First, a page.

Regardless of where you seek funding - from a bank, a local development corporation or a relative - a prospective lender will review your creditworthiness. A complete and thoroughly documented loan request (including a business plan) will help the lender understand you and your business. The "Five C's" are the basic components of credit analysis. They are described here to help you understand what the lender looks for.
Capacity to repay is the most critical of the five factors, it is the primary source of repayment - cash. The prospective lender will want to know exactly how you intend to repay the loan. The lender will consider the cash flow from the business, the timing of the repayment, and the probability of successful repayment of the loan. Payment history on existing credit relationships - personal or commercial- is considered an indicator of future payment performance. Potential lenders also will want to know about other possible sources of repayment.
Fair Isaac & Co, or FICO, is a generic term for a credit bureau score and refers specifically to model used by FICO. There are other statistical models, however, FICO is the most widely known.
Credit scoring has become widely accepted by lenders as a reliable means of credit evaluation. The credit score condenses borrowers credit history into a single number. FICO and the credit bureaus don’t reveal the exact methodology for computing the numbers.
FICO scores vary from 375-900 points. The higher, the better. To get the best interest rates, you generally need to score 680 or higher. Someone with higher than 680 is considered to have “A” credit. If you score below 620, you will generally pay a higher interest rate on your mortgage and your credit is considered “sub-prime.” If your score is between 620 and 680, the lender may decide which category you belong based on factors such as income, assets, payment history, etc.
Maximizing the Web’s convenience, accuracy and speed, IRS.gov -IRS’s web site- now assists millions of individual taxpayers, tax professionals, and small business owners to better understand and meet their tax responsibilities.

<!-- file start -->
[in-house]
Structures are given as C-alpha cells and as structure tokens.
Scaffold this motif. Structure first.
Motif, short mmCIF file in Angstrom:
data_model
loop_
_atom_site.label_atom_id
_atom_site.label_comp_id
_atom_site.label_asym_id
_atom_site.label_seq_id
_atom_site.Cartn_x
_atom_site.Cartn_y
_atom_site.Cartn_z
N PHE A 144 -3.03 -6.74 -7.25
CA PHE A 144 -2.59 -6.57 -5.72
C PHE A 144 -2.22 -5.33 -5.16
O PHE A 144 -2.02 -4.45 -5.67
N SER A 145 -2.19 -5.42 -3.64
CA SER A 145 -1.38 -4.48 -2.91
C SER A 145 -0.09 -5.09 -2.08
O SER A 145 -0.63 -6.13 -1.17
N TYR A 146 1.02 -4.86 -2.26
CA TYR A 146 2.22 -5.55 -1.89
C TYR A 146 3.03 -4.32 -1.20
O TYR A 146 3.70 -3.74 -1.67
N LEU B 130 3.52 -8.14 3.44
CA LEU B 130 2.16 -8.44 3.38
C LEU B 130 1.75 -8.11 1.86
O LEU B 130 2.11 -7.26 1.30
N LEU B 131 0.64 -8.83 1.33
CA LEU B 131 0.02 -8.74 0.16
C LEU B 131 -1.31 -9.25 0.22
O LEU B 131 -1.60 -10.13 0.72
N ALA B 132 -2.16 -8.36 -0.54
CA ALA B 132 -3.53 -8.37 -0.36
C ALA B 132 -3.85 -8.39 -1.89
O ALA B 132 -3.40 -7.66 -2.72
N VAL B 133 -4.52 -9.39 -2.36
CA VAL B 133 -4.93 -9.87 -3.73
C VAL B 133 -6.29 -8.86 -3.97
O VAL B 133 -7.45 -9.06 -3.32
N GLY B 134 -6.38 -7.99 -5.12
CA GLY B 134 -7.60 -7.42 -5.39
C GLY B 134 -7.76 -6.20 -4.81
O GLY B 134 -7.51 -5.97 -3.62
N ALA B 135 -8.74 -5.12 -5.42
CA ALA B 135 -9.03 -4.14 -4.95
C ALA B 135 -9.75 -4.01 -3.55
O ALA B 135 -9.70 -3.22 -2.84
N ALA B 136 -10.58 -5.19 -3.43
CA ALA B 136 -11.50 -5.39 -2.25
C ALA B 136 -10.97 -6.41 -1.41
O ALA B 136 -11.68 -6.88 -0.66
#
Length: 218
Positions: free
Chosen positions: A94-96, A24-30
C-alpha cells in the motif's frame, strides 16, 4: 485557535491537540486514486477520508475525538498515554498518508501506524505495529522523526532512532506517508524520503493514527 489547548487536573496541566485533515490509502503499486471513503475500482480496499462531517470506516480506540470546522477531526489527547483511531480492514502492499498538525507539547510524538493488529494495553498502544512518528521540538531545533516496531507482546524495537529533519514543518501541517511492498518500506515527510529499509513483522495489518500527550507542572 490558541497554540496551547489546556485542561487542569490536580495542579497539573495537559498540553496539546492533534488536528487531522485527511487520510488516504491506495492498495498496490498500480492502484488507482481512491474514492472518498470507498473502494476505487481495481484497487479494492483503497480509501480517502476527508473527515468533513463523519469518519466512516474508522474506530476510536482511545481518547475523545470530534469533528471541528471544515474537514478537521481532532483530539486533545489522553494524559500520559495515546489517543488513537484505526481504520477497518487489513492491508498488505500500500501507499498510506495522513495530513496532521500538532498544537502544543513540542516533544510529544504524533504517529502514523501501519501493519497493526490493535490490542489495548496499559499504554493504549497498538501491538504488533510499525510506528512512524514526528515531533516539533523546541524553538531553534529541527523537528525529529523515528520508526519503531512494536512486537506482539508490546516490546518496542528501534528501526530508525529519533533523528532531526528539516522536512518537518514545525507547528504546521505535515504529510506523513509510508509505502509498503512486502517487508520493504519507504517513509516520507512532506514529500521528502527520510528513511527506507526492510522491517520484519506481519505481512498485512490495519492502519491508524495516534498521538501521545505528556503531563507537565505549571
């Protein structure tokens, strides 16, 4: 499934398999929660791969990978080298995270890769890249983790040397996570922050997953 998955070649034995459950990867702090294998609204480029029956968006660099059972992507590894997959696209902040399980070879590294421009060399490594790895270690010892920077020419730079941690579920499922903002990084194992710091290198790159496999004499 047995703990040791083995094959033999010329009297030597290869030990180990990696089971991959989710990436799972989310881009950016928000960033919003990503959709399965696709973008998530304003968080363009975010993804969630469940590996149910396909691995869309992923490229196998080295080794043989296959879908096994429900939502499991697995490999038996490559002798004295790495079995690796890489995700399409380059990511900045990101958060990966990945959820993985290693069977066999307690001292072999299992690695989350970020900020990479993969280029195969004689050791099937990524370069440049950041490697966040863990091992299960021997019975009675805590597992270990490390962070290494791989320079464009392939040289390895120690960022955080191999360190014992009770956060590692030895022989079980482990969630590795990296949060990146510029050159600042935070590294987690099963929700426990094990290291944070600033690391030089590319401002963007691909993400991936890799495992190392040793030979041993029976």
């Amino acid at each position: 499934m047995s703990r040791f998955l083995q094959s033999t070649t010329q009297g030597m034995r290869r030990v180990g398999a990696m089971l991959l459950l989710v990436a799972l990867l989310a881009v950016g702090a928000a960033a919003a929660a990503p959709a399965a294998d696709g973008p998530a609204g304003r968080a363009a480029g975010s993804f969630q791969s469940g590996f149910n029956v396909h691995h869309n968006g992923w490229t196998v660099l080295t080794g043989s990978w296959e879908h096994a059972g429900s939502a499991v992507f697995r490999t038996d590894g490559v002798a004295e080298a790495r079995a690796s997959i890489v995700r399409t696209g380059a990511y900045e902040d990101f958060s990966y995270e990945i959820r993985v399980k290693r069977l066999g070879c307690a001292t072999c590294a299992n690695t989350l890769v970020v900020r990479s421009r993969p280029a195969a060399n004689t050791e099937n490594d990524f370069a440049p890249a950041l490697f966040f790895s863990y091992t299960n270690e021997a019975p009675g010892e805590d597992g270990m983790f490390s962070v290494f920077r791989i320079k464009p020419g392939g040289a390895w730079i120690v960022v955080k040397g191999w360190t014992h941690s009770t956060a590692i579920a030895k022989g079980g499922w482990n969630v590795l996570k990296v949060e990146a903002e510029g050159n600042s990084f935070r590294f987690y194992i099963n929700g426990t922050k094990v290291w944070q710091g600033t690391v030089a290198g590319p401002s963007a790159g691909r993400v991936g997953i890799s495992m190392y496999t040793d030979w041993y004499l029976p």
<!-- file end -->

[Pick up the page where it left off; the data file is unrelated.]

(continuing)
Updated Virtual Small Business Tax Workshop
The IRS’s Virtual Small Business Tax Workshop is an interactive resource to help small business owners learn about their federal tax rights and responsibilities. This dynamic educational product, available online and on CD 24/7 from your computer, consists of nine stand-alone lessons that can be selected and viewed in any sequence. A bookmark feature makes it possible to leave and return to a specific point within the lesson. Users also have access to a list of useful online references that enhance the learning experience by allowing them to view references and the video lessons simultaneously.
Keeping up with federal tax requirements is not easy in today’s fast-changing business environment. Even if you use a tax professional’s services, you still need to know and understand your tax responsibilities.
That’s why the IRS offers you a time-saver: IRS e-News for Small Businesses. E-news is a bi-weekly newsletter that alerts you to what’s new, hot and important for small business owners to know. It’s quick to read, easy to subscribe – and it’s free.
IRS e-News for Small Businesses features:
Tax dates for small business owners, to help you avoid missing a deadline
Last week the U.S. House of Representatives passed the Credit Cardholders’ Bill of Rights - a common sense financial system reform and consumer protection. This bill provides tough new protections for consumers facing excessive credit card fees, sky high interest rates and unfair agreements that credit card companies revise at will.
This bill is important to the establishment and growth of minority businesses because a greater proportion of minority-owned firms are started or acquired by using credit cards (10 percent of firms) among other sources of capital, compared to non-minority firms (9 percent of firms), according to MBDA’s “Characteristics of Minority Businesses and Entrepreneurs.” (March 2008)